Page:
I don't think myself capable enough to do justice with such a sensitive topic, being a relatively less experienced writer. I feel restricted by English language when I try to chronicle the grief that subsists deep inside my soul due to the escalating social disharmony in Pakistan.
I believe that an educationist or a social activist can be killed physically but their souls become eternal. They live among us forever. Therefore, it is not justified to say that an educationist or a social activist was killed; they cannot be killed rather they become eternal.
Debra Lobo, vice-principal of the student affairs wing Jinnah Medical and Dental College, was attacked by four unidentified gunmen in the city of Karachi on April 16.
Sabeen Mahmud, a social activist and founder of ‘The Second Floor’, was shot dead by unidentified gunmen in Karachi on April 24. Mahmud succumbed to the wounds and was pronounced eternal. Mahmud was a woman of strong will and determination. She once told the Wired magazine in an interview: “Fear is just a line in your head. You can choose what side of that line you want to be on.”
Dr Syed Wahidur Rahman, an associate professor at the Karachi University's Mass Communication department, was gunned down by four unidentified men in Karachi on April 29.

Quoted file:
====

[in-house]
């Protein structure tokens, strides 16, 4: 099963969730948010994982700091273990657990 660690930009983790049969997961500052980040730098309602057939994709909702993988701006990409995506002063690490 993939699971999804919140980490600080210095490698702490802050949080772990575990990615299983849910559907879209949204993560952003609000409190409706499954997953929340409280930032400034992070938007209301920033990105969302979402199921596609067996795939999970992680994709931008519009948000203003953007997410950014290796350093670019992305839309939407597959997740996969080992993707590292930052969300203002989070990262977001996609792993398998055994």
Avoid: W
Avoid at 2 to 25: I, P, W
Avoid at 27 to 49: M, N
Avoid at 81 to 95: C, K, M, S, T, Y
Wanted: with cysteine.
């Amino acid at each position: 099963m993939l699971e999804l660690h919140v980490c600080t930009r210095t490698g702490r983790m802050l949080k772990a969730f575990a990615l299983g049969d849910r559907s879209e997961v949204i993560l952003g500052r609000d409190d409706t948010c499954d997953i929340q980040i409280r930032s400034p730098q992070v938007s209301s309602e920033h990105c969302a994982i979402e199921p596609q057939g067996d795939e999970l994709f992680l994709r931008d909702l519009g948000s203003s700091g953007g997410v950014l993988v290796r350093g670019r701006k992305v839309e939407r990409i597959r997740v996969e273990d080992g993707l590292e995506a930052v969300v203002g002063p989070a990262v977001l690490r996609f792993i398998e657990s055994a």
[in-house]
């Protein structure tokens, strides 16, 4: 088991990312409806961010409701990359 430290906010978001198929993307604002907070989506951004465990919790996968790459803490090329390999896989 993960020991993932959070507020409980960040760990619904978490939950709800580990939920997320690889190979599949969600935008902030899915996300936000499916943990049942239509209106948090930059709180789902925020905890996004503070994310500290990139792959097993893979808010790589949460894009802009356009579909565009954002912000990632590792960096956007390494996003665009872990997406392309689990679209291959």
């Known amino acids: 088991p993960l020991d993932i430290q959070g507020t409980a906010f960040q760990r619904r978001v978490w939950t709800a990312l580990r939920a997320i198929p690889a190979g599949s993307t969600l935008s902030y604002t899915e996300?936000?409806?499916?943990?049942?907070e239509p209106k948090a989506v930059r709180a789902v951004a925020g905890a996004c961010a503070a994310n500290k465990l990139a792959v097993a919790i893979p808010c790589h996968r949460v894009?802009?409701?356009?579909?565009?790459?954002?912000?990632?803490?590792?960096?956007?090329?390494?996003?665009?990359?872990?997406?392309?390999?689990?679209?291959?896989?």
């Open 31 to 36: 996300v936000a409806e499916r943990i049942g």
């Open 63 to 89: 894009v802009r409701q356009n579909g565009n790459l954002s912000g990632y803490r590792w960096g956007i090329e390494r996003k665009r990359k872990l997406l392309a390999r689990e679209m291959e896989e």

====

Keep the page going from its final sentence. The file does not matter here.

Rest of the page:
What I want to do, as a potential social scientist, is to identify the common link between these acts of intolerance and monstrosity.
The common link in the three acts mentioned above is, ‘shot dead or attacked by unidentified men’.
It is difficult for me to reconcile my thoughts in order to put them into black and white as I write this piece on Thursday afternoon. The killings that Karachi has witnessed are largely because #Religion is still the business of the state. Religiosity has produced perilous disharmony which is now deeply rooted in our land.
Nevertheless, there is a glowing silver lining to this black cloud. Karachi may have plethora of woes and worries, but there is no doubt that there are people who are devoted to alleviate these woes and worries in the most benevolent manner. The philanthropic organisations are teaming up with various sectors to revive peace and social harmony in the city. For now, my optimistic instinct suggests a lull in the bloodshed and revival of peace.